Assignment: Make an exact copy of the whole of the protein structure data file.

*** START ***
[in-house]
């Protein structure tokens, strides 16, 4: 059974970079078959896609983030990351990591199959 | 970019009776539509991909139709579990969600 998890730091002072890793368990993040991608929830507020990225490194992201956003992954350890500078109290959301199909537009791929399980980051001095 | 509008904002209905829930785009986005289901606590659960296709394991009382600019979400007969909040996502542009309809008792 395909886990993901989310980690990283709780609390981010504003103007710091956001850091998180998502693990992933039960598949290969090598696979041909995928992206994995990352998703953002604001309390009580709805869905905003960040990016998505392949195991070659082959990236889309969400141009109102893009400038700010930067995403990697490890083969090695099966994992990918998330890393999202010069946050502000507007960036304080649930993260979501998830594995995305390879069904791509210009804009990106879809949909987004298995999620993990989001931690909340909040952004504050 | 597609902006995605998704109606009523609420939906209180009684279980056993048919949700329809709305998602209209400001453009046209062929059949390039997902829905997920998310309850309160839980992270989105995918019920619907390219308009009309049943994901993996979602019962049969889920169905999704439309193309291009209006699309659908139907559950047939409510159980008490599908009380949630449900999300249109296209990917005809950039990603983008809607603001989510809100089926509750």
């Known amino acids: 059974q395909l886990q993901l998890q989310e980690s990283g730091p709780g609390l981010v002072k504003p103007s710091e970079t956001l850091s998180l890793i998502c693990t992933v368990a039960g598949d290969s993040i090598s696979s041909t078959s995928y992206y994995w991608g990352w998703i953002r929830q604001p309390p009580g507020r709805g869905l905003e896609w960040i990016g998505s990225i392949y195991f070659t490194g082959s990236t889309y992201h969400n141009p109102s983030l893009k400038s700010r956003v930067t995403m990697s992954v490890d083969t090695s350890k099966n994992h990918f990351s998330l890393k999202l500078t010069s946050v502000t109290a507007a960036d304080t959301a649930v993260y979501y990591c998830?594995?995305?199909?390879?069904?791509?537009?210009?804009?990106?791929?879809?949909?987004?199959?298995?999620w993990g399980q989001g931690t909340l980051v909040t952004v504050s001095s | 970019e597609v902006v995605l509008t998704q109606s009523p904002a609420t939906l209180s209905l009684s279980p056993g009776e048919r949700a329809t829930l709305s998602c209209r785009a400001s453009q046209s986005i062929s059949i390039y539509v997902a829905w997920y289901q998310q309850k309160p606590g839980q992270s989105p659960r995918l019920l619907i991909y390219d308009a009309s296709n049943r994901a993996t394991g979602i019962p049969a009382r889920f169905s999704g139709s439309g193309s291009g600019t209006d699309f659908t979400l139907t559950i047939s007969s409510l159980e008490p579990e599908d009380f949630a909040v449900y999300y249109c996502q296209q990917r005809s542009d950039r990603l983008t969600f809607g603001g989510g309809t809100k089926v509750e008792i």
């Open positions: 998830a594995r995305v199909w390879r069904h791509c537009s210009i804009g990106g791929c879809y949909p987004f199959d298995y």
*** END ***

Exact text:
[in-house]
């Protein structure tokens, strides 16, 4: 059974970079078959896609983030990351990591199959 | 970019009776539509991909139709579990969600 998890730091002072890793368990993040991608929830507020990225490194992201956003992954350890500078109290959301199909537009791929399980980051001095 | 509008904002209905829930785009986005289901606590659960296709394991009382600019979400007969909040996502542009309809008792 395909886990993901989310980690990283709780609390981010504003103007710091956001850091998180998502693990992933039960598949290969090598696979041909995928992206994995990352998703953002604001309390009580709805869905905003960040990016998505392949195991070659082959990236889309969400141009109102893009400038700010930067995403990697490890083969090695099966994992990918998330890393999202010069946050502000507007960036304080649930993260979501998830594995995305390879069904791509210009804009990106879809949909987004298995999620993990989001931690909340909040952004504050 | 597609902006995605998704109606009523609420939906209180009684279980056993048919949700329809709305998602209209400001453009046209062929059949390039997902829905997920998310309850309160839980992270989105995918019920619907390219308009009309049943994901993996979602019962049969889920169905999704439309193309291009209006699309659908139907559950047939409510159980008490599908009380949630449900999300249109296209990917005809950039990603983008809607603001989510809100089926509750």
């Known amino acids: 059974q395909l886990q993901l998890q989310e980690s990283g730091p709780g609390l981010v002072k504003p103007s710091e970079t956001l850091s998180l890793i998502c693990t992933v368990a039960g598949d290969s993040i090598s696979s041909t078959s995928y992206y994995w991608g990352w998703i953002r929830q604001p309390p009580g507020r709805g869905l905003e896609w960040i990016g998505s990225i392949y195991f070659t490194g082959s990236t889309y992201h969400n141009p109102s983030l893009k400038s700010r956003v930067t995403m990697s992954v490890d083969t090695s350890k099966n994992h990918f990351s998330l890393k999202l500078t010069s946050v502000t109290a507007a960036d304080t959301a649930v993260y979501y990591c998830?594995?995305?199909?390879?069904?791509?537009?210009?804009?990106?791929?879809?949909?987004?199959?298995?999620w993990g399980q989001g931690t909340l980051v909040t952004v504050s001095s | 970019e597609v902006v995605l509008t998704q109606s009523p904002a609420t939906l209180s209905l009684s279980p056993g009776e048919r949700a329809t829930l709305s998602c209209r785009a400001s453009q046209s986005i062929s059949i390039y539509v997902a829905w997920y289901q998310q309850k309160p606590g839980q992270s989105p659960r995918l019920l619907i991909y390219d308009a009309s296709n049943r994901a993996t394991g979602i019962p049969a009382r889920f169905s999704g139709s439309g193309s291009g600019t209006d699309f659908t979400l139907t559950i047939s007969s409510l159980e008490p579990e599908d009380f949630a909040v449900y999300y249109c996502q296209q990917r005809s542009d950039r990603l983008t969600f809607g603001g989510g309809t809100k089926v509750e008792i």
């Open positions: 998830a594995r995305v199909w390879r069904h791509c537009s210009i804009g990106g791929c879809y949909p987004f199959d298995y």